The process of sealing a joint by extruding and tooling a sealant.
A two-seater sofa, whose name derives from the French verb causer, to chat, because it is ideal for holding a conversation.
Describes a construction where both the outside and inside skins are brickwork.
An applied section usually fitted to the inside of the jamb section that extends the frame depth so that the window section spans the cavity.
A folded flashing to direct water to the outside wall skin usually to a series of weepholes.
A brick wall laid in 2 close rows which are connected by ties.
A ceiling suspension component that is used to connect a main runner or primary channel to the supporting structure above.
One of a series of parallel framing members used to support ceiling loads and supported in turn by larger beams, girders or bearing walls. Also called roof joists.
Ceiling Plan Drawing
Drawing which specifies the scope and workmanship of the ceilings of a storey of a building and which is normally in mirrored projection.
Similar to ceiling tile, but with the dimension ratio generally greater than 2 to 1 and usually only supported on the smaller dimension. NOTE: Planks are often supported wall to wall, as in corridors, and not suspended from the plenum.
Ceiling Suspension System
An assembly of ceiling components for suspending ceiling systems.
The components that together form the basis of a ceiling, including the grid members and suspension system. A ceiling system may be direct fixed or suspended.
- CONCEALED GRID CEILING SYSTEM: A suspended ceiling system in which the supporting system is not exposed to view.
- LINEAR OR STRIP CEILING SYSTEM: A ceiling whose soffit has the appearance of continuous strips of infill materials.
- NON-TRAFFICABLE CEILING SYSTEM: A ceiling system where access by personnel on to the ceiling system for any purpose is strictly prohibited.
- ONE-WAY EXPOSED GRID CEILING SYSTEM: A ceiling whose soffit has the supporting grid members visible in one direction.
- SHEETED OR FLUSH CEILING SYSTEM: A ceiling lined with building board where the joints between the board are either exposed, set or concealed with cover strips, beads or the like, such that the supporting grid members are not visible.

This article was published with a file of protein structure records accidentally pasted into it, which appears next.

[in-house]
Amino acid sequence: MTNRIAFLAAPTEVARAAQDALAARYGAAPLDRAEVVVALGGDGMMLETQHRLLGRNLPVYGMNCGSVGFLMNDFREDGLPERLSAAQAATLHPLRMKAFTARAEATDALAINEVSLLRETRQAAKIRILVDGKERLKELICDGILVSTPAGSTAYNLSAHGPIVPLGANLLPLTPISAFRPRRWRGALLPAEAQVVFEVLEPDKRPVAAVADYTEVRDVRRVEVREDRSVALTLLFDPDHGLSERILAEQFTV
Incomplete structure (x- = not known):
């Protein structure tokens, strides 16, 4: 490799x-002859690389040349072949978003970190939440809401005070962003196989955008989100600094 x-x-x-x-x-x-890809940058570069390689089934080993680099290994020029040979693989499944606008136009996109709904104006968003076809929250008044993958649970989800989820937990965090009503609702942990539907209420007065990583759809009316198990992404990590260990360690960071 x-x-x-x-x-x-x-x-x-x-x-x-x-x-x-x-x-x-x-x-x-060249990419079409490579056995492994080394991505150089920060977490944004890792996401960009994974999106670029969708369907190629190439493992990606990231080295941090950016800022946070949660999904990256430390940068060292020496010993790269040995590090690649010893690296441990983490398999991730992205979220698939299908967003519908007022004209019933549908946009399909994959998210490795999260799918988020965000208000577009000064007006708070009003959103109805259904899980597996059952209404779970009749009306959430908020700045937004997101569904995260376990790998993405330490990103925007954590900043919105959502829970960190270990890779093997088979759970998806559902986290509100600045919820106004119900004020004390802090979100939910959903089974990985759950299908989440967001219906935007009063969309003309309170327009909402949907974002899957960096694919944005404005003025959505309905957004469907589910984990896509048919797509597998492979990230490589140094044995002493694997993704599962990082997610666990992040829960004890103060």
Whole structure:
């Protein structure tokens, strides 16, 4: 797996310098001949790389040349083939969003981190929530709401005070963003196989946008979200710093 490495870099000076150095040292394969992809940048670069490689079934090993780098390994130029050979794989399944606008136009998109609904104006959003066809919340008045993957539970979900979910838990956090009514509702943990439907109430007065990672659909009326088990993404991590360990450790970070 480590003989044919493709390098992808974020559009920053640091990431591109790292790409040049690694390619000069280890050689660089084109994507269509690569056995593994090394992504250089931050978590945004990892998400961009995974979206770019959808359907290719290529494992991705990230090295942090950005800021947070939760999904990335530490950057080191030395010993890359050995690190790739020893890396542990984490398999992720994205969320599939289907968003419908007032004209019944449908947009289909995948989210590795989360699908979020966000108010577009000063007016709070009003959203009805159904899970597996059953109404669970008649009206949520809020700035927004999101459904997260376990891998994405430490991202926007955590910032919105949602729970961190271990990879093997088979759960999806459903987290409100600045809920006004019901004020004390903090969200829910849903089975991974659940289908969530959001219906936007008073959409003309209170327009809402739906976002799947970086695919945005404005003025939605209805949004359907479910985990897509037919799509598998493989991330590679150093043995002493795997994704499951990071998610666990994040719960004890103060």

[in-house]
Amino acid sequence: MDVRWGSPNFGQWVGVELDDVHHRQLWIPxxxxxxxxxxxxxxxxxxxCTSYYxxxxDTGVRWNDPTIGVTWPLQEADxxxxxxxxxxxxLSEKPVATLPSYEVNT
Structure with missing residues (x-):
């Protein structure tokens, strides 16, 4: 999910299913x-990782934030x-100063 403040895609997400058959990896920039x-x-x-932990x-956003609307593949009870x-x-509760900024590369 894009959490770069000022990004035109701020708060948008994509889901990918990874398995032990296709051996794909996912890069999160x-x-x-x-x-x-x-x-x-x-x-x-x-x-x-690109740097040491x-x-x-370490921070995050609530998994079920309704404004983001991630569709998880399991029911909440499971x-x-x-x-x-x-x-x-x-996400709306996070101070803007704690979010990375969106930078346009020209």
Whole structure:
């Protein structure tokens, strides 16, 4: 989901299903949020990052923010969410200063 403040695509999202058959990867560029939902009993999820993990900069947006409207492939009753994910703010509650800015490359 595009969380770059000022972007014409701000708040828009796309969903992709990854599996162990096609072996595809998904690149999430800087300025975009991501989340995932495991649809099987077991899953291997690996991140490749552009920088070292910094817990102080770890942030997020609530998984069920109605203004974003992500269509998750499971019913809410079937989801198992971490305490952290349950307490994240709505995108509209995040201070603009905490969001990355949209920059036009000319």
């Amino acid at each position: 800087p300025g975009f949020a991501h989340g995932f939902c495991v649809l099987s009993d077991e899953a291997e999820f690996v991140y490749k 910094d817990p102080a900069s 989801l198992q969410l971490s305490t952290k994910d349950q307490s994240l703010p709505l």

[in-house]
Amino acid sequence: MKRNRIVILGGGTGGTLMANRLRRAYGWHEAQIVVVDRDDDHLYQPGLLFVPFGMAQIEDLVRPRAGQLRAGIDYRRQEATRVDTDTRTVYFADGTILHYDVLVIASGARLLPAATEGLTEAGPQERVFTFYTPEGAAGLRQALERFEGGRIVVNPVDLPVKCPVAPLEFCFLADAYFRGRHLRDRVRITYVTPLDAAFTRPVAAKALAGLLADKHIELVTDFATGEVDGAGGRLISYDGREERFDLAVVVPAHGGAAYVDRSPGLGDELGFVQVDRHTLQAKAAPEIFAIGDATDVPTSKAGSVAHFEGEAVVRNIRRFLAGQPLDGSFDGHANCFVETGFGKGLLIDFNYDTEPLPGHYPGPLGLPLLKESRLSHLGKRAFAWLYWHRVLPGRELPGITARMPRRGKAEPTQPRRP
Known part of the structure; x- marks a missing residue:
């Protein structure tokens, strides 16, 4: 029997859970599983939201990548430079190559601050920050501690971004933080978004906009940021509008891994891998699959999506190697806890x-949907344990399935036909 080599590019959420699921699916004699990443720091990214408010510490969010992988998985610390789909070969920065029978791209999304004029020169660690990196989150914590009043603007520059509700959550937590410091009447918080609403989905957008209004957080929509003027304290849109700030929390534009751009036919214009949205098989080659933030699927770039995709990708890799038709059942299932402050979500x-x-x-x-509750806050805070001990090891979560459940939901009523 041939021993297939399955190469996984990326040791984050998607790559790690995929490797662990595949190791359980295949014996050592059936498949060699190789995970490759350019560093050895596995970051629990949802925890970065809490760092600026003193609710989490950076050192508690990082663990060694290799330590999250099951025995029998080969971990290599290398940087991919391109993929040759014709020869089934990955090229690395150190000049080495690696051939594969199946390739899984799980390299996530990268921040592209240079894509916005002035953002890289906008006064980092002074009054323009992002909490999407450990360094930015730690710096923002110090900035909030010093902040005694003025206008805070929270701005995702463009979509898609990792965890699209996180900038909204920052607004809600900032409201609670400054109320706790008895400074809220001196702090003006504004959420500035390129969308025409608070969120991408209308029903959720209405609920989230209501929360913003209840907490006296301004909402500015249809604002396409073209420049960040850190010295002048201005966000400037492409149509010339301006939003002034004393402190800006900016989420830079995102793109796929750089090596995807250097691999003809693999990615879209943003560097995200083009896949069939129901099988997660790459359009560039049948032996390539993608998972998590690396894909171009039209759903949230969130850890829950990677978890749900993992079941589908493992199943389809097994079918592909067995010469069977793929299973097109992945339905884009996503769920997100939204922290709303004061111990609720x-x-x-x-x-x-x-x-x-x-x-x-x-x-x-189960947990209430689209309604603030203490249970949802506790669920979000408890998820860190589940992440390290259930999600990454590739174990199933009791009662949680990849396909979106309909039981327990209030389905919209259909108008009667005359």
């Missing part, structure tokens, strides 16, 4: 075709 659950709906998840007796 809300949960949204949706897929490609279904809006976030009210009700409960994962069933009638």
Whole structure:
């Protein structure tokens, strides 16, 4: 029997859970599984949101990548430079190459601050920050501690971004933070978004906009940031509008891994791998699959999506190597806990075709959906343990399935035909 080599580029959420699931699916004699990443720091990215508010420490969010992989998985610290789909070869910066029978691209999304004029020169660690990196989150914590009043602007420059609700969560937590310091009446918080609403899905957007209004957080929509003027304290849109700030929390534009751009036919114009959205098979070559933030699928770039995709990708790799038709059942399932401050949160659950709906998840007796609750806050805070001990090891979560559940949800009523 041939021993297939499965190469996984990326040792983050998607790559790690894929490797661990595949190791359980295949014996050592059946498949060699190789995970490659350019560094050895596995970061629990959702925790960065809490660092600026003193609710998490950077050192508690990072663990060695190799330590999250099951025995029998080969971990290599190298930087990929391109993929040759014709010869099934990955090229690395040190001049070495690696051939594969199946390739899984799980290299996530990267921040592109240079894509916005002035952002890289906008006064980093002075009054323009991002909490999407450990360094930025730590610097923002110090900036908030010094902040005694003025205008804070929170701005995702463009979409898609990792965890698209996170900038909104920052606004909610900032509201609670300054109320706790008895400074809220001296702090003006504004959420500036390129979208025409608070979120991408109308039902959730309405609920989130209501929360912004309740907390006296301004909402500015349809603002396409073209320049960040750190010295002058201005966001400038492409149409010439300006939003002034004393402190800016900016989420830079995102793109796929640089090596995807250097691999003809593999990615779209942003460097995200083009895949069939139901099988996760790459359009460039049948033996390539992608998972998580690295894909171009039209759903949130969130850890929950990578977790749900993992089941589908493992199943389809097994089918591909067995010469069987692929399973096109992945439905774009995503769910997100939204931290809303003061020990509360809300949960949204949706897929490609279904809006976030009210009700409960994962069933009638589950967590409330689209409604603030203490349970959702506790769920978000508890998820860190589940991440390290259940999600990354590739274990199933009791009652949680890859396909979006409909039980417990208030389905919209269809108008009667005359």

- TWO-WAY EXPOSED GRID CEILING SYSTEM: A ceiling whose soffit has the supporting grid members visible in two directions.
- CELL CEILING SYSTEM: An egg-crate like structure with open areas to the plenum but with a closed appearance at low angle viewing.
- LUMINOUS CEILING SYSTEM: A ceiling of translucent material with lamps in the ceiling void to light the space below.
- OPEN CEILING SYSTEM: A suspended ceiling formed of louvers, battens, open cells or similar ceiling components.
An infill unit that is fitted within or to the ceiling grid system to form a soffit.
A storage area in a domestic building which is wholly or at least 50% underground. Basement in other than domestic use.
A grey powder which, when combined with water and other materials, forms the “glue” in concrete. Also, any adhesive.
A special type of hanging device for heavy-duty doors that usually swing both ways (double-acting).
The formal assertion in writing of some fact. The act of certifying or state of being certified.
A horizontal rail fitted to windows or door (approx. 750-1000mm above floor level).
A horizontal moulding at chairback height to protect the wall.
A high back upholstered seat or armchair with an elongated seat, allowing a person to recline, and with different height arms at each end. Also known as a dormouse or merideienne.
A long line or string used for setting out long, straight, lines. The line is coating in chalk dust and held taut against a surface to the desired level. The middle is lifted away from the surface and allowed to snap back. The chalk dust comes off the string and onto the surface forming a “chalk line”.A line made by snapping a taut string or cord dusted with chalk. Used for alignment purposes.
A diagonal line, which connects points on two intersecting objects such as an angled corner.A bevel or slope surface made by paring or shaving the edge or corner of the usually right-angled surface of a material at 45 degrees.
A Change Order is a written amendment to the Contract prepared by the Consultant and signed by the Owner and the Contractor statingtheir agreement upon:a change in the Work;the method of adjustment or the amount of the adjustment in the Contract Price, if any; and the extent of the adjustment in the Contract Time, if any.
A passage for conveying a liquid; a groove or furrow; a gutter.
A labour rate that includes the all-in labour rate plus supervision, overheads, small tools and profit.